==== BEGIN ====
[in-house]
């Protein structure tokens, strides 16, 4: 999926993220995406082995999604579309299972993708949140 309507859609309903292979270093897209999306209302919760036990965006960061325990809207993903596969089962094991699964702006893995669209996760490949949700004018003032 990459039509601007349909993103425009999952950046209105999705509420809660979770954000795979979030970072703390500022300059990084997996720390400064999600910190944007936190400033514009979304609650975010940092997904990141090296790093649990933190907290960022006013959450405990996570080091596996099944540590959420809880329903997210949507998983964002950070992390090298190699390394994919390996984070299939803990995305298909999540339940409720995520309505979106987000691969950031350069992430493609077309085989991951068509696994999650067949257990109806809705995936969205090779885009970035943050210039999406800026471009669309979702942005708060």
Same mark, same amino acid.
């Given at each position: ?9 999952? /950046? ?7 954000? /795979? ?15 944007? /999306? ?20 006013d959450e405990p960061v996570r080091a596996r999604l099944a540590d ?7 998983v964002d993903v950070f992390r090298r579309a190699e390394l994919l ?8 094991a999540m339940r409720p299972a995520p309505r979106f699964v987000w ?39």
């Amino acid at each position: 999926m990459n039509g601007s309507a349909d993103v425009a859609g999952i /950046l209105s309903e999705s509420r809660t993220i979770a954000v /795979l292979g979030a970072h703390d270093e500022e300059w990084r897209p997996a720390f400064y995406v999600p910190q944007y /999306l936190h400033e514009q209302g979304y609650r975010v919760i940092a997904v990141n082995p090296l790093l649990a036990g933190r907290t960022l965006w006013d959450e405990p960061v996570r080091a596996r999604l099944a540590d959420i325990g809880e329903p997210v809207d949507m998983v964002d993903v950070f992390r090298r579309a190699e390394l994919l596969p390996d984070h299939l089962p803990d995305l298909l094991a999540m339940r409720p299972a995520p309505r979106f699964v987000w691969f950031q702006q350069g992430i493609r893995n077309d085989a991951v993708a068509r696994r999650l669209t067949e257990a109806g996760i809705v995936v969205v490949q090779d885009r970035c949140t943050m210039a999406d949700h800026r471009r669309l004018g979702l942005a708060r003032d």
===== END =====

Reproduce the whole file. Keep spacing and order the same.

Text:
[in-house]
């Protein structure tokens, strides 16, 4: 999926993220995406082995999604579309299972993708949140 309507859609309903292979270093897209999306209302919760036990965006960061325990809207993903596969089962094991699964702006893995669209996760490949949700004018003032 990459039509601007349909993103425009999952950046209105999705509420809660979770954000795979979030970072703390500022300059990084997996720390400064999600910190944007936190400033514009979304609650975010940092997904990141090296790093649990933190907290960022006013959450405990996570080091596996099944540590959420809880329903997210949507998983964002950070992390090298190699390394994919390996984070299939803990995305298909999540339940409720995520309505979106987000691969950031350069992430493609077309085989991951068509696994999650067949257990109806809705995936969205090779885009970035943050210039999406800026471009669309979702942005708060």
Same mark, same amino acid.
């Given at each position: ?9 999952? /950046? ?7 954000? /795979? ?15 944007? /999306? ?20 006013d959450e405990p960061v996570r080091a596996r999604l099944a540590d ?7 998983v964002d993903v950070f992390r090298r579309a190699e390394l994919l ?8 094991a999540m339940r409720p299972a995520p309505r979106f699964v987000w ?39």
């Amino acid at each position: 999926m990459n039509g601007s309507a349909d993103v425009a859609g999952i /950046l209105s309903e999705s509420r809660t993220i979770a954000v /795979l292979g979030a970072h703390d270093e500022e300059w990084r897209p997996a720390f400064y995406v999600p910190q944007y /999306l936190h400033e514009q209302g979304y609650r975010v919760i940092a997904v990141n082995p090296l790093l649990a036990g933190r907290t960022l965006w006013d959450e405990p960061v996570r080091a596996r999604l099944a540590d959420i325990g809880e329903p997210v809207d949507m998983v964002d993903v950070f992390r090298r579309a190699e390394l994919l596969p390996d984070h299939l089962p803990d995305l298909l094991a999540m339940r409720p299972a995520p309505r979106f699964v987000w691969f950031q702006q350069g992430i493609r893995n077309d085989a991951v993708a068509r696994r999650l669209t067949e257990a109806g996760i809705v995936v969205v490949q090779d885009r970035c949140t943050m210039a999406d949700h800026r471009r669309l004018g979702l942005a708060r003032d």